When a diffraction grating is crossing an event horizon, it can't stay put. It has to keep falling to keep from flying apart. If you hold the part that is outside the horizon so that it isn't falling inward, the part that is past the horizon gets torn off and falls inside. If you shoot an electron past the diffraction grating (and apply an electric field to keep the electron from falling into the black hole) you will see diffraction only from the slits outside the black hole. The part of the electronic wavefunction which passes the horizon will not interfere with the outside part for any reasonable macroscopic size black hole, but will fall inward.

This is a near horizon phenomenon, and near the horizon, space is flat. So the effect doesn't require a black hole--- the exact same thing happens when you accelerate fast in Minkowski space. If you hold a large diffraction grating past your acceleration Rindler horizon, the apparent horizon you see when you accelerate, it will get torn off just the same.

In order for interference to happen, the two paths must be indistinguishable in a quantum sense, so that you can't know which one happened. If you have a particle with some miniscule internal consciousness of any sort, and you want it to diffract, you need to cool it down to absolute zero, shutting off any internal computation for a while. Then you do the diffraction, then you heat it back up again so that it turns back on. The diffraction is always necessarily happening on something unaware. If you isolate a person in a chamber, and you try to get the chamber to diffract, you will need a perfect isolation system to prevent any leaking of information about the internal quantum state to the exterior of the chamber. Then, in theory, you can get two paths of the chamber to diffract, but the person inside can't have any idea which path was taken, and wouldn't even know anything about the exterior world at all.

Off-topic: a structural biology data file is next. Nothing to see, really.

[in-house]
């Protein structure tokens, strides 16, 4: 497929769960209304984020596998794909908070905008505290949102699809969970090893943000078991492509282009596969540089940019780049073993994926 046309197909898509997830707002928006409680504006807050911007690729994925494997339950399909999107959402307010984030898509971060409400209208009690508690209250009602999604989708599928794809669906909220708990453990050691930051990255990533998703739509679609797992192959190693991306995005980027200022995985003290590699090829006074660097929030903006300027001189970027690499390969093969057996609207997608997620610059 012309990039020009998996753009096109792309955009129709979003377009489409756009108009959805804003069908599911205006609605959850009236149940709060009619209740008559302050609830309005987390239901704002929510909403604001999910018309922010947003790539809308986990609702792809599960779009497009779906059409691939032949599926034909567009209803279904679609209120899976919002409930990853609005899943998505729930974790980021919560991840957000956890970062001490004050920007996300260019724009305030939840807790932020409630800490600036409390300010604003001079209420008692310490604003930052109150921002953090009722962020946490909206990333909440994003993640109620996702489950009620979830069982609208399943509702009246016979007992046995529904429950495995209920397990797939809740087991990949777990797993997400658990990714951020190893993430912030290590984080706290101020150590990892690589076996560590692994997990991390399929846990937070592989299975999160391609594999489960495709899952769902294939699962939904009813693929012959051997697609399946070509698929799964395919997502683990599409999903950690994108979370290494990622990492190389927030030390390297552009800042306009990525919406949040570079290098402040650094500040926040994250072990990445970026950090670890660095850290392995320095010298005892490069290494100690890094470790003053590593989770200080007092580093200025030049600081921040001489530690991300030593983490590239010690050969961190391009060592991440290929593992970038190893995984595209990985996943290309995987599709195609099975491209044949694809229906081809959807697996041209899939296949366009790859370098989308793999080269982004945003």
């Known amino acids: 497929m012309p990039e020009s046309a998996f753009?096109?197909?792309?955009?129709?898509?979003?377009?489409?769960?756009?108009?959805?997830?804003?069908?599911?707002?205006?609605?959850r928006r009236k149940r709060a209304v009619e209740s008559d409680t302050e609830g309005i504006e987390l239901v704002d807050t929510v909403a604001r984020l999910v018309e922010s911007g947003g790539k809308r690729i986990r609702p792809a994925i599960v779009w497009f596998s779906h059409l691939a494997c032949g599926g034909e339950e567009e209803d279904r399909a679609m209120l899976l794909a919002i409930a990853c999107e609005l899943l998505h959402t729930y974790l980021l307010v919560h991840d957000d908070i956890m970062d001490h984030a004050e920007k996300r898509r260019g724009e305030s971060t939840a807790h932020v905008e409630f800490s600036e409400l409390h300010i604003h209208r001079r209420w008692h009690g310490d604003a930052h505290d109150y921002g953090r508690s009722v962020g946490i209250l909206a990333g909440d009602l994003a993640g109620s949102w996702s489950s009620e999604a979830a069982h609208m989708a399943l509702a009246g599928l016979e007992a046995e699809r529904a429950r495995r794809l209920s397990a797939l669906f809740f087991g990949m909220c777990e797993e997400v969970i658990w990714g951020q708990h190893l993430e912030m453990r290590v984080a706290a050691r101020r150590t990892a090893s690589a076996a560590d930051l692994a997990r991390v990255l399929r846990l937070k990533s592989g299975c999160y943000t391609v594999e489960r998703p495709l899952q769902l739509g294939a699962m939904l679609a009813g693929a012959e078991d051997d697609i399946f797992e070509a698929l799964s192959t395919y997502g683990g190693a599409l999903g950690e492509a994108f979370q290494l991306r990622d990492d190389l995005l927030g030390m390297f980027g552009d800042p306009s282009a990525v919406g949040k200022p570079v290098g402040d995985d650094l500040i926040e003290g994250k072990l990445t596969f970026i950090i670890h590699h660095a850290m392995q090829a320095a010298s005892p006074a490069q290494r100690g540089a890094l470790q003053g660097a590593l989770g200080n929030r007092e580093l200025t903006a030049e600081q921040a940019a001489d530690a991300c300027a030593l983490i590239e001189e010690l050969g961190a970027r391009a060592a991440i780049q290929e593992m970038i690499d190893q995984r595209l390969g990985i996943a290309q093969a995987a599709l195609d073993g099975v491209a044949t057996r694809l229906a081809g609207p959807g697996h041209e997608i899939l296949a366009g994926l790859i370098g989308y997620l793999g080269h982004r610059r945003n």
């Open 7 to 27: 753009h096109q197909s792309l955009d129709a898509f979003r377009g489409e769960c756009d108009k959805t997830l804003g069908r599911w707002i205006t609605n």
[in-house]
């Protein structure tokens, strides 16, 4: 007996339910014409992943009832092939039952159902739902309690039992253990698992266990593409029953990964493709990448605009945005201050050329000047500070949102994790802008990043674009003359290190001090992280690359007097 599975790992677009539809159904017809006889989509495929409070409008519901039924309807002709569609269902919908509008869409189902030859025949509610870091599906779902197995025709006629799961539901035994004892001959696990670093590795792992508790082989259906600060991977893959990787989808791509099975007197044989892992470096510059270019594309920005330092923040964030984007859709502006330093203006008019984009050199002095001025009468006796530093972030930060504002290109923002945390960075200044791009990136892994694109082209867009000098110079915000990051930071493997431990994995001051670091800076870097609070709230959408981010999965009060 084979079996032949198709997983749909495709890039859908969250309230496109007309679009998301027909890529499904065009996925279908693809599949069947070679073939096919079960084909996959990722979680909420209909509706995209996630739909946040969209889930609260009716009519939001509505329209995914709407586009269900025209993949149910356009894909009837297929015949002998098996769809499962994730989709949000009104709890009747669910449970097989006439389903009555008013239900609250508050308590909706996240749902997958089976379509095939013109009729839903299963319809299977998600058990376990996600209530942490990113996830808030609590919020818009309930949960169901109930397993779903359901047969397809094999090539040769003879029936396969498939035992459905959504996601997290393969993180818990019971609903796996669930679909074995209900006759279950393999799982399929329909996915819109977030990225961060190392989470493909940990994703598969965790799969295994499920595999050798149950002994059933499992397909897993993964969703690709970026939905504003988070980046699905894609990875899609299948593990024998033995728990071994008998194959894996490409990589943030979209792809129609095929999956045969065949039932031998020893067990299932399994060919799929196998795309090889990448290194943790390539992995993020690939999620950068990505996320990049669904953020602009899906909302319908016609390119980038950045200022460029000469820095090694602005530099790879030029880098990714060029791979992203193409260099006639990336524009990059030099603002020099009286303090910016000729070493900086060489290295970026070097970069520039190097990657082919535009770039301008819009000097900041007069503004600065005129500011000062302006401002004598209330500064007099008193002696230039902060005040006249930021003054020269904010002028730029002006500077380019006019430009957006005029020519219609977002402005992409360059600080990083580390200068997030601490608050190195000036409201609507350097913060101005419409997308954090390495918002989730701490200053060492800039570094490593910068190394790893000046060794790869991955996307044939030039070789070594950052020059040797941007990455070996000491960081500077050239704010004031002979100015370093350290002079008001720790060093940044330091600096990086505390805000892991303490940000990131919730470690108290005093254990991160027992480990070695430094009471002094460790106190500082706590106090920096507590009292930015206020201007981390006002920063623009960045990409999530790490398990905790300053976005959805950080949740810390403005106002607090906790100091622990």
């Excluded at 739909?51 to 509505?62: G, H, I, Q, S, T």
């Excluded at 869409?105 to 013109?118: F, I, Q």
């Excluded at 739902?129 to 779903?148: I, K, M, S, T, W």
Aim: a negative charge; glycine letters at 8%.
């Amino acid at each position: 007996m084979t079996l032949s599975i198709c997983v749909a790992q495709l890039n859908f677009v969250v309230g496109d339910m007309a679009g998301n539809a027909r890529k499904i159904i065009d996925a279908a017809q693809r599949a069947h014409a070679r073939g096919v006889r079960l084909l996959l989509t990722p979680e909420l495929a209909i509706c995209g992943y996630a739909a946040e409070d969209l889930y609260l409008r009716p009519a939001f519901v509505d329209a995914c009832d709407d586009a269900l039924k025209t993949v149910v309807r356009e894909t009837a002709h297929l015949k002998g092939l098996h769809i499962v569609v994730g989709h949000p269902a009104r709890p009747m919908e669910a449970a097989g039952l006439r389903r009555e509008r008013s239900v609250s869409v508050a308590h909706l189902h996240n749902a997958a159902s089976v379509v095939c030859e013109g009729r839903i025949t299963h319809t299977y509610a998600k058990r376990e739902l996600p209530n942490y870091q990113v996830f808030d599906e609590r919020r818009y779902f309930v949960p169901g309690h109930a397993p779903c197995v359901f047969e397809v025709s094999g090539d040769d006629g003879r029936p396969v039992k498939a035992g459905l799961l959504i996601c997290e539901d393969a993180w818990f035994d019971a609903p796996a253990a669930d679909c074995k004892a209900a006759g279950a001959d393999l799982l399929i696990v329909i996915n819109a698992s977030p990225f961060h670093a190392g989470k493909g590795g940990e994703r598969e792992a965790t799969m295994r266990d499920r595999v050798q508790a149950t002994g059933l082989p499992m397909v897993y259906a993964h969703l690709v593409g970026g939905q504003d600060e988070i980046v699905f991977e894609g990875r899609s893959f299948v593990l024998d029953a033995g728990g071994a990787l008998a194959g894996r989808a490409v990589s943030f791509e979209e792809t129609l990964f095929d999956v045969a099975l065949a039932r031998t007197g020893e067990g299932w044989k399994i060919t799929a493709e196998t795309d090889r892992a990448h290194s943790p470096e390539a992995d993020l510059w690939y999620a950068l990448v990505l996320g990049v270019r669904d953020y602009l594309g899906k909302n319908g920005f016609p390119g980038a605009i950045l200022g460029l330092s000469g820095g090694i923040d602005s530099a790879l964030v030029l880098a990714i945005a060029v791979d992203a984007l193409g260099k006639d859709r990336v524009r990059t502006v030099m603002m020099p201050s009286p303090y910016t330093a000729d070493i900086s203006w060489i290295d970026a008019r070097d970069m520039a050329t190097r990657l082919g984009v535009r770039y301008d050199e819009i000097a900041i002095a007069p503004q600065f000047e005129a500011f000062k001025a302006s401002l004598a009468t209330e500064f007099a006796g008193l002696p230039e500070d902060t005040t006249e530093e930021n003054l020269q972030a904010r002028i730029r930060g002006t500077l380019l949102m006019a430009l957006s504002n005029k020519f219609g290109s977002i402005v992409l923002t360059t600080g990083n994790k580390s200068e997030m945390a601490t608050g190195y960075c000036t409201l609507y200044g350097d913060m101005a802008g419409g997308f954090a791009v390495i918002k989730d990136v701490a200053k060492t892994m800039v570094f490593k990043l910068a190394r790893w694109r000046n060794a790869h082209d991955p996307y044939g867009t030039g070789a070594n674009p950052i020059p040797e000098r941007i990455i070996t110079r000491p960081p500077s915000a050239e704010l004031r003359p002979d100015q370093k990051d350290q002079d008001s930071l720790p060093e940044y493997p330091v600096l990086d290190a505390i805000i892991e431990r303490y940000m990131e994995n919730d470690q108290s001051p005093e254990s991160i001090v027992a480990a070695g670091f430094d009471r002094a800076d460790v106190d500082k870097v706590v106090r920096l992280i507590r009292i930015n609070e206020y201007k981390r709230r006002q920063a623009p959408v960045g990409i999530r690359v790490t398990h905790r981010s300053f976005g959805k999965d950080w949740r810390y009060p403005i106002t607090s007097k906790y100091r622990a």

The issues for the diffraction grating which falls through the black hole are fully adressed by the viewpoints of the observer that falls along with it, and the one that stays outside, and are covered by this earlier question: Double slit experiment near event horizon

  • $\begingroup$ Thanks for the interpretation Ron. I understand that the issue does not require a black hole, any accelerating frame of reference will suffice. But the event horizon does seem to be a more extreme case so better for the thought experiment. There is no issue of consciousness here. I did not follow your argument about "perfect isolation", but in the first section you said clearly that the part of the wave function inside the horizon is off-limits to the part outside. That is what I am still wondering about. Are we really sure that GR "trumps" QM non-locality? I thought that the real problem. $\endgroup$
    – MES
    Oct 24, 2011 at 0:26
  • 1
    $\begingroup$ @MES: quantum nonlocality does not allow you to access the wavefunction of a far away thing--- only the reduced density matrix of the things you can experiment on. Quantum nonlocality doesn't care about whether the other thing is inside a black hole or on the other side of town. The local thing is always described by its own density matrix, without regard to the other thing, unless you go to your friend on the other side of town and compare notes. $\endgroup$
    – Ron Maimon
    Oct 24, 2011 at 3:59
  • $\begingroup$ I think I follow, Ron. But why doesn't the detector respond to the total wave function, of which part is spatially across the event horizon? $\endgroup$
    – MES
    Oct 24, 2011 at 12:26
  • $\begingroup$ @MES: If it does, the part across the event horizon vanishes--- that's collapse, not interference. $\endgroup$
    – Ron Maimon
    Oct 24, 2011 at 13:36
  • $\begingroup$ Aha, now that makes sense. Crossing the horizon itself collapses the wave function so that interference is no longer possible. I wish I could follow the math behind this interpretation, maybe someday. Thanks so much for staying with me. $\endgroup$
    – MES
    Oct 25, 2011 at 0:16

Your Answer

By clicking “Post Your Answer”, you agree to our terms of service, privacy policy and cookie policy

Not the answer you're looking for? Browse other questions tagged or ask your own question.